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Seeding the food crisis
As if a housing crisis, rising energy costs and a soft labor market weren't enough to cause economic anxiety for the average American, now consumers are feeling the pinch of rapidly escalating food costs.
The United States has long prided itself in being the breadbasket of the world, and Americans have traditionally paid a smaller share of their income on food than citizens of other developed countries. But the days of cheap milk, bread, beef and poultry may well be over — and Uncle Sam is partly to blame.
In 2007, the cost of a gallon of milk increased 26 percent; eggs went up 40 percent; and a loaf of white bread went from $1.05 to $1.28 from 2006 to 2008. Steep increases in the price of oil have contributed to these higher costs, but the federal government has played a pernicious role as well. By mandating that oil companies increase the amount of ethanol they blend with gasoline, the government has not only artificially increased the cost of corn, which is what most U.S. ethanol is made of, but has driven up the cost of other grains as well.
Inflated corn prices encourage farmers to divert more acreage to corn, which means they plant less soy and wheat, which, in turn, drives up the prices of those commodities. The aggregate price of wheat, corn, soy oil and soy meal in the U.S. will be $61.7 billion higher in the 2007-2008 crop year than it was in 2005-2006.
Corn prices affect a host of other food prices too. If you've ever looked at the ingredient labels on everything from bologna to canned tomato soup, you'll see corn syrup is a common ingredient of many processed foods.
Corn is also a common grain used in feed for cattle, poultry and hogs. As a result, prices for meat and poultry are going up, but even with higher prices some companies in the meat industry still can't make a profit and many are being forced to cut jobs and close plants. I've seen this firsthand as a member of the board of directors of Pilgrim's Pride, the nation's largest chicken producer, where we have already had to shut down one plant and close six distribution centers to cope with record losses directly attributable to soaring feed costs.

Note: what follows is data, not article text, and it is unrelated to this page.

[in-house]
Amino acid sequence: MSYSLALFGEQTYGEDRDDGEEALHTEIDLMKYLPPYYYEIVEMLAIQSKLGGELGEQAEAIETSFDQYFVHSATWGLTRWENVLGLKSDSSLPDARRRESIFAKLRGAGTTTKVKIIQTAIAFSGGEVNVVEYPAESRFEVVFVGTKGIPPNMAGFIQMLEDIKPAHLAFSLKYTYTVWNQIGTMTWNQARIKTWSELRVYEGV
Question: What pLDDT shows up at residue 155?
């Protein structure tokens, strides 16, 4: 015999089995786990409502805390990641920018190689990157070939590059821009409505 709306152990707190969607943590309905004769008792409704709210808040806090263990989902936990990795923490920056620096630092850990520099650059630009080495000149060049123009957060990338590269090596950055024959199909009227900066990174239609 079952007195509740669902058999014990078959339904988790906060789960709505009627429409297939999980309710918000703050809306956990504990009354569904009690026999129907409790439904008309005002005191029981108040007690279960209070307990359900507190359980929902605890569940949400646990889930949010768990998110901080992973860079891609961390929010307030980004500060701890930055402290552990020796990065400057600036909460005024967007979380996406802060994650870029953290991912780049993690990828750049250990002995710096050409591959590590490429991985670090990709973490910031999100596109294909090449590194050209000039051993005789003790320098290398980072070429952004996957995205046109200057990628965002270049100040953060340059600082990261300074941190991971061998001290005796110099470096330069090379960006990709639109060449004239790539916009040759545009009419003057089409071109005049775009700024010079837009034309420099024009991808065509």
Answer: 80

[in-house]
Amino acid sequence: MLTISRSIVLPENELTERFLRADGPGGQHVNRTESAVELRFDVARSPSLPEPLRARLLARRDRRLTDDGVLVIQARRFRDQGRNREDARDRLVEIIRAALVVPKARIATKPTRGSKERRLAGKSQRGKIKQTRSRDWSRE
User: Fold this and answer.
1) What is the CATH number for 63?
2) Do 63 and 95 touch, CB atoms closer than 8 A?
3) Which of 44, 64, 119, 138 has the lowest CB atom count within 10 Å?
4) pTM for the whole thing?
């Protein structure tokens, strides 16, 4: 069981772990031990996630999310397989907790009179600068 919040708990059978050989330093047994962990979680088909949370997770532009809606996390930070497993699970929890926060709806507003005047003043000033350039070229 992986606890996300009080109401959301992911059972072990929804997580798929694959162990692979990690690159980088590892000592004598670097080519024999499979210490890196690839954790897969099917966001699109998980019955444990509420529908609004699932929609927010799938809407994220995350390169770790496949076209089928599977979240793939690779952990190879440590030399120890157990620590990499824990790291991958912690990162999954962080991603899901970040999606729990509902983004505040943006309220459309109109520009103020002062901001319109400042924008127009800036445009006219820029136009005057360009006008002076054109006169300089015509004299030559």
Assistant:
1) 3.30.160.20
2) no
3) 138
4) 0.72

Most galling about the impact of government mandated ethanol production is that it does little or nothing to solve our energy problems. Ethanol proponents argue it is cleaner than petroleum — which improves air quality — and that it and other alternative fuels will reduce U.S. dependence on foreign oil. Both claims are dubious.
Corn-based ethanol is inefficient as a fuel for automobiles, reducing vehicle gas mileage by 20-30 percent in vehicles using E85, the highest ethanol content fuel. Fewer miles-per-gallon of gas essentially eliminates any savings achieved, even by mixing ethanol with gasoline in the lower 9 percent ethanol blends required in all U.S. gasoline today. And of course, it also takes energy to produce ethanol — for farming and distilling the corn and transporting the final product to the pump — and much of that energy will come from carbon-based fuels.
None of these arguments has stopped the aggressive ethanol lobby from getting its way with Congress, however, and pressure increases in presidential election years as Iowa farmers encourage candidates to pledge allegiance to ethanol during the Iowa caucuses.
If ethanol really were the miracle fuel its proponents claim, you would think there would be huge profits in producing it in the free market. But that's not the case. Consumers not only pay for ethanol at the pump, they're paying taxes as well to subsidize ethanol production in the U.S. — and they're paying a hidden tax to keep cheaper, foreign sugar cane ethanol from competing with the domestic corn-based product. Subsidies to gasoline blenders amount to about 51 cents per gallon, and the government imposes a 54-cent tariff on foreign ethanol so it can't provide a cheaper alternative for U.S. consumers.
And matters will only get worse as government mandates higher bio-fuel content in U.S. gasoline from the current 9 percent to 15 percent by 2015. Ethanol won't solve the energy crisis, but it may well lead to a food crisis in the United States and elsewhere. The U.S. Agency for International Development reports that the cost of providing wheat, corn, cereal and other foodstuffs to poor nations has gone up 41 percent since October 2007, which will mean we can provide less assistance to starving people around the world.
Federal policy is literally diverting food from the table to the gas tank — and it's time we stopped it.
Linda Chavez is a nationally syndicated columnist.
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